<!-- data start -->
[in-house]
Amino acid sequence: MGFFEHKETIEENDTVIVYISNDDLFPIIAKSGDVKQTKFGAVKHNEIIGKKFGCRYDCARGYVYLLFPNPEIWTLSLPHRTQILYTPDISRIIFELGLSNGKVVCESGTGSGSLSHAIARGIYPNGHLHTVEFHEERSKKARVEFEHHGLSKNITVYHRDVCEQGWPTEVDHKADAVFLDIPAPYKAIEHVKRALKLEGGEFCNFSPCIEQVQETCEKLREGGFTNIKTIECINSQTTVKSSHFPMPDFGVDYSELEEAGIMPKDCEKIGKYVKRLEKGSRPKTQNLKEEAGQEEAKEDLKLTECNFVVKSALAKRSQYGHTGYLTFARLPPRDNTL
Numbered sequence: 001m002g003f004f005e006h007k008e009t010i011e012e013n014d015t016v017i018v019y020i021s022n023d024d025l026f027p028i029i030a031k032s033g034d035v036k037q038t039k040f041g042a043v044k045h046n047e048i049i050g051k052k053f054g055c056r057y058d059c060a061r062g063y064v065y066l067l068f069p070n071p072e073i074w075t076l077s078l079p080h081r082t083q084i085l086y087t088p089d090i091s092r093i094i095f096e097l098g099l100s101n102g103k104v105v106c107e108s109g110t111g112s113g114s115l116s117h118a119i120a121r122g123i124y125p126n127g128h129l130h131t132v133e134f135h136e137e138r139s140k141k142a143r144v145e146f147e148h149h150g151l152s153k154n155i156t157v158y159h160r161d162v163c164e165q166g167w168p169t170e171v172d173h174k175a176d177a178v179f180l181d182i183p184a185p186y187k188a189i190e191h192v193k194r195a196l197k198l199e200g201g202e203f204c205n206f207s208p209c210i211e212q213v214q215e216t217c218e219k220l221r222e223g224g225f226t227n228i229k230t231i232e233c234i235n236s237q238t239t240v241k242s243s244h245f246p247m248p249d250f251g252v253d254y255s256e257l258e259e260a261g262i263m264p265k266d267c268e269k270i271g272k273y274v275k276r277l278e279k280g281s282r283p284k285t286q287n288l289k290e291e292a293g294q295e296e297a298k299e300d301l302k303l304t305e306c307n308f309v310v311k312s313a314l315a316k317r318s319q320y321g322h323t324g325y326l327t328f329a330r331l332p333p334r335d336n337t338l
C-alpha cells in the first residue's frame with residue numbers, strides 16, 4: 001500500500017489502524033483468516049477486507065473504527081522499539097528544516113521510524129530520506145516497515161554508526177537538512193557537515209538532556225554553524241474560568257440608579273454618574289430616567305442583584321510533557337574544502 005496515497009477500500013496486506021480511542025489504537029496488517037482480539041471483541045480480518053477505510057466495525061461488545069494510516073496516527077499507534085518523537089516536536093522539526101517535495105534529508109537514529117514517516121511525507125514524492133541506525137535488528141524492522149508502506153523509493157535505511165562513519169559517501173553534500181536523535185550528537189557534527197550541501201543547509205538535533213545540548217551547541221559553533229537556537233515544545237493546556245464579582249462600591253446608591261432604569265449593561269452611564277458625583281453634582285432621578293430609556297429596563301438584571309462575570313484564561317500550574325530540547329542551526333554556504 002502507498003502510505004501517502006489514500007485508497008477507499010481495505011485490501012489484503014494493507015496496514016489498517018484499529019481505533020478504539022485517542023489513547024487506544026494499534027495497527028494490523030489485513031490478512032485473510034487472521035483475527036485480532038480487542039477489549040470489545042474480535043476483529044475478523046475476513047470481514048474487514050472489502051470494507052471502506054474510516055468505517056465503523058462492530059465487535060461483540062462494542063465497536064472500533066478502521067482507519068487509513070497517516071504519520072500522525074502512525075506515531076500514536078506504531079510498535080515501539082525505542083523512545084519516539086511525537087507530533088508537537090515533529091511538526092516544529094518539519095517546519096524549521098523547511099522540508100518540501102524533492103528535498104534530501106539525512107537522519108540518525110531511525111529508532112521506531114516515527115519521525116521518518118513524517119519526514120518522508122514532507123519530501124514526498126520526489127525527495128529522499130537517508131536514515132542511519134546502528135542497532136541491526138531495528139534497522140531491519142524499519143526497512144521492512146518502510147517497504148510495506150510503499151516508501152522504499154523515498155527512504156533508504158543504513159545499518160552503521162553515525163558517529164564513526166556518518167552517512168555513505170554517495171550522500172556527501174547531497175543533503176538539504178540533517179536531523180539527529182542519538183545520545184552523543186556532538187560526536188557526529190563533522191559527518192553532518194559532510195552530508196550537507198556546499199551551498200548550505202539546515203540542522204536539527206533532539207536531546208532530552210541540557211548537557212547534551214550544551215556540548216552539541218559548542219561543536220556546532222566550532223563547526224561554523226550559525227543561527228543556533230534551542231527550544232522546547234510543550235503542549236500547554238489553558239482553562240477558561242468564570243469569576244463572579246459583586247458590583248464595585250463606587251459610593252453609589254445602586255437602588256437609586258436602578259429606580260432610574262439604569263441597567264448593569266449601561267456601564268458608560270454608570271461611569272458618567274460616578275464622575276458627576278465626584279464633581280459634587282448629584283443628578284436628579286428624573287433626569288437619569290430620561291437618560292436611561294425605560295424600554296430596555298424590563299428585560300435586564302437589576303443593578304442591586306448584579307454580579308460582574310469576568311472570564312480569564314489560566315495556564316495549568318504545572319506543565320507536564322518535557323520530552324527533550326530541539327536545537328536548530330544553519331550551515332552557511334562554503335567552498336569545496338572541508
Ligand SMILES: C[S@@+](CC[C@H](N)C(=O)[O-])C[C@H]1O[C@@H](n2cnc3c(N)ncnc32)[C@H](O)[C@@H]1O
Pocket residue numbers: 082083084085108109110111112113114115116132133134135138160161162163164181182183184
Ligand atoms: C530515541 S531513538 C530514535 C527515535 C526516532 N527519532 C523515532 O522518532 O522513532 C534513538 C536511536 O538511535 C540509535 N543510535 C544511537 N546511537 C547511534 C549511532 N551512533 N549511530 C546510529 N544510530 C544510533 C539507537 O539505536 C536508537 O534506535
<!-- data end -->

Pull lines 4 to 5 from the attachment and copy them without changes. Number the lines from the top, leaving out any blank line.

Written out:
C-alpha cells in the first residue's frame with residue numbers, strides 16, 4: 001500500500017489502524033483468516049477486507065473504527081522499539097528544516113521510524129530520506145516497515161554508526177537538512193557537515209538532556225554553524241474560568257440608579273454618574289430616567305442583584321510533557337574544502 005496515497009477500500013496486506021480511542025489504537029496488517037482480539041471483541045480480518053477505510057466495525061461488545069494510516073496516527077499507534085518523537089516536536093522539526101517535495105534529508109537514529117514517516121511525507125514524492133541506525137535488528141524492522149508502506153523509493157535505511165562513519169559517501173553534500181536523535185550528537189557534527197550541501201543547509205538535533213545540548217551547541221559553533229537556537233515544545237493546556245464579582249462600591253446608591261432604569265449593561269452611564277458625583281453634582285432621578293430609556297429596563301438584571309462575570313484564561317500550574325530540547329542551526333554556504 002502507498003502510505004501517502006489514500007485508497008477507499010481495505011485490501012489484503014494493507015496496514016489498517018484499529019481505533020478504539022485517542023489513547024487506544026494499534027495497527028494490523030489485513031490478512032485473510034487472521035483475527036485480532038480487542039477489549040470489545042474480535043476483529044475478523046475476513047470481514048474487514050472489502051470494507052471502506054474510516055468505517056465503523058462492530059465487535060461483540062462494542063465497536064472500533066478502521067482507519068487509513070497517516071504519520072500522525074502512525075506515531076500514536078506504531079510498535080515501539082525505542083523512545084519516539086511525537087507530533088508537537090515533529091511538526092516544529094518539519095517546519096524549521098523547511099522540508100518540501102524533492103528535498104534530501106539525512107537522519108540518525110531511525111529508532112521506531114516515527115519521525116521518518118513524517119519526514120518522508122514532507123519530501124514526498126520526489127525527495128529522499130537517508131536514515132542511519134546502528135542497532136541491526138531495528139534497522140531491519142524499519143526497512144521492512146518502510147517497504148510495506150510503499151516508501152522504499154523515498155527512504156533508504158543504513159545499518160552503521162553515525163558517529164564513526166556518518167552517512168555513505170554517495171550522500172556527501174547531497175543533503176538539504178540533517179536531523180539527529182542519538183545520545184552523543186556532538187560526536188557526529190563533522191559527518192553532518194559532510195552530508196550537507198556546499199551551498200548550505202539546515203540542522204536539527206533532539207536531546208532530552210541540557211548537557212547534551214550544551215556540548216552539541218559548542219561543536220556546532222566550532223563547526224561554523226550559525227543561527228543556533230534551542231527550544232522546547234510543550235503542549236500547554238489553558239482553562240477558561242468564570243469569576244463572579246459583586247458590583248464595585250463606587251459610593252453609589254445602586255437602588256437609586258436602578259429606580260432610574262439604569263441597567264448593569266449601561267456601564268458608560270454608570271461611569272458618567274460616578275464622575276458627576278465626584279464633581280459634587282448629584283443628578284436628579286428624573287433626569288437619569290430620561291437618560292436611561294425605560295424600554296430596555298424590563299428585560300435586564302437589576303443593578304442591586306448584579307454580579308460582574310469576568311472570564312480569564314489560566315495556564316495549568318504545572319506543565320507536564322518535557323520530552324527533550326530541539327536545537328536548530330544553519331550551515332552557511334562554503335567552498336569545496338572541508
Ligand SMILES: C[S@@+](CC[C@H](N)C(=O)[O-])C[C@H]1O[C@@H](n2cnc3c(N)ncnc32)[C@H](O)[C@@H]1O